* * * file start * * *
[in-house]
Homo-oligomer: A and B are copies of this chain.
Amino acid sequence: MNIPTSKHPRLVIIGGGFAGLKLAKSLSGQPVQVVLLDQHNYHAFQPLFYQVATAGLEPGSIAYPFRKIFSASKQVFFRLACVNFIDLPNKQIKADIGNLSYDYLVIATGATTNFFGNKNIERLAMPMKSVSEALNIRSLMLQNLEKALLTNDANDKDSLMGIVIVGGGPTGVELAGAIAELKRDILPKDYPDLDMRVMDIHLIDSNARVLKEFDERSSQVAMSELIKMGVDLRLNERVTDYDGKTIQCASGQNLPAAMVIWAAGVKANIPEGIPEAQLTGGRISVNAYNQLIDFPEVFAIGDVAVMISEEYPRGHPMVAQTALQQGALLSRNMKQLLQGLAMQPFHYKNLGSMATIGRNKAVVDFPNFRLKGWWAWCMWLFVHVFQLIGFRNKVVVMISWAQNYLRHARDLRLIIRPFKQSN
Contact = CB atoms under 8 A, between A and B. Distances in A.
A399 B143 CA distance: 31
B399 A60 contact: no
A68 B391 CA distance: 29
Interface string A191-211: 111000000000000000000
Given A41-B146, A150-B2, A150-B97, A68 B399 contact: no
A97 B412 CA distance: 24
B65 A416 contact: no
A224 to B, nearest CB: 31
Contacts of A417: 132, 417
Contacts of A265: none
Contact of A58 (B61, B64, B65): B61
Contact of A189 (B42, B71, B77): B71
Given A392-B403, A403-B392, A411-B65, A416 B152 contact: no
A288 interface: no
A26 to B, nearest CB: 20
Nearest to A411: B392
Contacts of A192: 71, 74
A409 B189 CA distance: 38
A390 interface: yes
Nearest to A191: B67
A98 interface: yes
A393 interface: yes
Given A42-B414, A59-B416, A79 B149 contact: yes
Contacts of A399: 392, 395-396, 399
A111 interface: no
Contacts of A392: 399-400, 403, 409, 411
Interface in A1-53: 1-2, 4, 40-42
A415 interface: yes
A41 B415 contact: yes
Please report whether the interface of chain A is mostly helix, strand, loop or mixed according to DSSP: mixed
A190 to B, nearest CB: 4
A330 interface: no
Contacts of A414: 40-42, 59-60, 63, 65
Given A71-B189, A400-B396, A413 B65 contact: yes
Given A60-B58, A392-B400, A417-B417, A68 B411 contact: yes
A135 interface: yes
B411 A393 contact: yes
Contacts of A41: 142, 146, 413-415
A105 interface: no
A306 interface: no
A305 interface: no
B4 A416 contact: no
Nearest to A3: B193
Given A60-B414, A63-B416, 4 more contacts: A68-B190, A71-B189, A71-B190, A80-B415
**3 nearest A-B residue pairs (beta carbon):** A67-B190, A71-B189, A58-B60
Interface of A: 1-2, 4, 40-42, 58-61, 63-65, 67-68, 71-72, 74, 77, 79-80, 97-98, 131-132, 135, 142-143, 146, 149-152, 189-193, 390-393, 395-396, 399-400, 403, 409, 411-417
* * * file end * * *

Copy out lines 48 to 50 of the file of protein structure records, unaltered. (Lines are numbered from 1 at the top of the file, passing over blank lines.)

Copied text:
Given A60-B414, A63-B416, 4 more contacts: A68-B190, A71-B189, A71-B190, A80-B415
**3 nearest A-B residue pairs (beta carbon):** A67-B190, A71-B189, A58-B60
Interface of A: 1-2, 4, 40-42, 58-61, 63-65, 67-68, 71-72, 74, 77, 79-80, 97-98, 131-132, 135, 142-143, 146, 149-152, 189-193, 390-393, 395-396, 399-400, 403, 409, 411-417